DAKAR (Reuters) - Democratic Republic of Congo on Tuesday declared an end to an Ebola outbreak believed to have killed 33 people after what experts hailed as a swift response to the flare-up in one of the world’s most difficult environments.
Tuesday marked 42 days since the last detected case of the virus, the length of two incubation periods considered long enough to declare an outbreak over.
The flare-up, first detected in the rural village of Ikoko Impenge in northwest Congo in April, was dealt with rapidly by the World Health Organization and Congolese authorities, including the deployment of an experimental vaccine given to over 3,300 people.
That helped contain the impact of the virus even when it reached the city of Mbandaka, a crowded trading hub of 1.5 million people on the Congo River with direct boat and plane links to the sprawling capital Kinshasa.
“I declare from this day...the end of the Ebola...epidemic in Equateur Province, Democratic Republic of Congo,” Health Minister Oly Ilunga Kalenga said in a statement.
Ebola, believed to be spread over long distances by bats, causes hemorrhagic fever, vomiting and diarrhea and is spread through direct contact with body fluids. It often spreads to humans via infected bush meat.
Its arrival in Mbandaka in May turned the outbreak into an international concern as airports in West Africa set up Ebola screenings and the region shuddered at the memory of the epidemic that killed at least 11,300 people in Guinea, Sierra Leone and Liberia between 2013 and 2016.
But despite the deaths, the containment of this latest outbreak, Congo’s ninth since the virus was detected near the Ebola river in the 1970s, was considered a success, given the difficulties faced in one of the world’s most challenging environments.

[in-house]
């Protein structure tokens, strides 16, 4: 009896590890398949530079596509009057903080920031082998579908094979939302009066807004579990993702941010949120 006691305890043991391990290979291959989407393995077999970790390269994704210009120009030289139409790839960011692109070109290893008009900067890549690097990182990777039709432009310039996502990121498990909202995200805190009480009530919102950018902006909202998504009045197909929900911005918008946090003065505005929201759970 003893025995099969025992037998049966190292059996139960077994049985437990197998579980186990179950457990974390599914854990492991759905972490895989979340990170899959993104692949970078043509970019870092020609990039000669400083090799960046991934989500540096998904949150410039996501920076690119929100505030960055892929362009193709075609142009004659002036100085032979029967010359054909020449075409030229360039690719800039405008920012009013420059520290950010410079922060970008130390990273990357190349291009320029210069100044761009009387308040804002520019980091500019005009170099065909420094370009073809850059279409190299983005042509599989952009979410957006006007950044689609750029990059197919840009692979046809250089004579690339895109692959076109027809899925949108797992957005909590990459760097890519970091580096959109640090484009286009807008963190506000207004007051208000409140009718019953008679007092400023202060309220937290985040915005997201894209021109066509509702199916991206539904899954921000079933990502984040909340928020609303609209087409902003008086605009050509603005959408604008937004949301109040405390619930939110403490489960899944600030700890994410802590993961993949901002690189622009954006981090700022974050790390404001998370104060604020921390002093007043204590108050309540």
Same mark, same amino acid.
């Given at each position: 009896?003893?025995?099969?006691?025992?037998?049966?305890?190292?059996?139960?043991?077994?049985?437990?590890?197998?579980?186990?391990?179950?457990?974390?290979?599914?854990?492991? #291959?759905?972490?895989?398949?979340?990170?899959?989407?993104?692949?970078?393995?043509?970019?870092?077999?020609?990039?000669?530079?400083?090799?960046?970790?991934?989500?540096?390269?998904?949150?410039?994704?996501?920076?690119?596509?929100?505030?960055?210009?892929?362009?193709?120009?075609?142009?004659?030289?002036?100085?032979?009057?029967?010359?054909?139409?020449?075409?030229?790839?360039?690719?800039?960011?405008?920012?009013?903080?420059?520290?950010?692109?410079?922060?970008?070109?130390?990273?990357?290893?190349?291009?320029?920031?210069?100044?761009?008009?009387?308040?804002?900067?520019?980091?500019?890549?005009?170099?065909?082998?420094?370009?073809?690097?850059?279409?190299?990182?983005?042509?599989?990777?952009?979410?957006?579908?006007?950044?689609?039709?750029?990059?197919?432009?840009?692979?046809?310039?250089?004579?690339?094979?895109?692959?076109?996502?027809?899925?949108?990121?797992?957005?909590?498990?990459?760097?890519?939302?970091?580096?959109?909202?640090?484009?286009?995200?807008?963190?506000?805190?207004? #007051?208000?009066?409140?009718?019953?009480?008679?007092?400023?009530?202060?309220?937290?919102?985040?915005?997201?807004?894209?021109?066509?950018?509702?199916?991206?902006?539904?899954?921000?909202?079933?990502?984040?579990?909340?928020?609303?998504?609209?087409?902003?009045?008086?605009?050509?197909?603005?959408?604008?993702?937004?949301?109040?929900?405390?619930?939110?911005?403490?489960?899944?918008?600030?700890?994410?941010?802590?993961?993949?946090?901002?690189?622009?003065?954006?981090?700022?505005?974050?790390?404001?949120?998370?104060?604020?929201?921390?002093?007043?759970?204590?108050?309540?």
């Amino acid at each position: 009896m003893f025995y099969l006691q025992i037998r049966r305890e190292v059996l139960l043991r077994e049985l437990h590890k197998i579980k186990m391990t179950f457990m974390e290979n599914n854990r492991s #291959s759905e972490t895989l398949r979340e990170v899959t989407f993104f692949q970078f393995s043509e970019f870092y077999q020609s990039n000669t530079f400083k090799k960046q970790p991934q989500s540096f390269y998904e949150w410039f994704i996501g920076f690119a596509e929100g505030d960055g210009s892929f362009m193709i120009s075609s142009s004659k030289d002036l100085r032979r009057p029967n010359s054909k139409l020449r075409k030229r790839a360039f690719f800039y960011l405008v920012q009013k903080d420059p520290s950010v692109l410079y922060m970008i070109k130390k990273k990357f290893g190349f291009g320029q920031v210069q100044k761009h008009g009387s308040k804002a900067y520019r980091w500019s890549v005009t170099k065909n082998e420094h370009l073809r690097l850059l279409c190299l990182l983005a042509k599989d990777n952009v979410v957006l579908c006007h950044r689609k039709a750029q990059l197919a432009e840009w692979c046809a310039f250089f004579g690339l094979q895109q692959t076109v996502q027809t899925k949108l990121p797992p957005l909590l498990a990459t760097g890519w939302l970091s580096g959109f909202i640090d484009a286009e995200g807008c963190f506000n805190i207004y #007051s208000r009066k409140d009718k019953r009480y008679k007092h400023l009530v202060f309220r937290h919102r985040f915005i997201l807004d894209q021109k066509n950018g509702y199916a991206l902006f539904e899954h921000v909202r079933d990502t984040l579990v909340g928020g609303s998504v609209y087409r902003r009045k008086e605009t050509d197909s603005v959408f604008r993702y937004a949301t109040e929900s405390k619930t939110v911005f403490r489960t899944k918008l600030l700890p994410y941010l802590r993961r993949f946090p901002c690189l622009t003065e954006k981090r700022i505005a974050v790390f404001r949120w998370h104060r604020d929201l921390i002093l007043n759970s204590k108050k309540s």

The vaccine had to be kept -60 to -80 degrees Celsius in remote parts of a humid country with unreliable power supplies. Informed, signed consent was required from every person who wanted the shot, raising language and cultural barriers.
“WHO moved quickly and efficiently,” said the WHO’s Regional Director for Africa, Matshidiso Moeti. “Dozens of experts from Guinea spent weeks leading Ebola vaccination efforts here, transferring expertise which will enable the DRC to mount an effective response both within its borders and beyond.”
It marks a sharp turnaround from the criticism the WHO received in being too slow to react to the 2013-2016 outbreak and suggests that if dealt with quickly, and with a useable vaccine, Ebola’s threat can be diminished.
Jeremy Farrar, a specialist in infectious diseases and director of the Wellcome Trust global health charity, said the outbreak was brought to an end earlier than some expected because of the rapid response.
“We are not passive observers,” he said. “This outbreak is coming to an end because of the actions that people have taken.”
Additional reporting by Kate Kelland in London and Stephanie Nebehay in Geneva,; Editing by John Stonestreet, William Maclean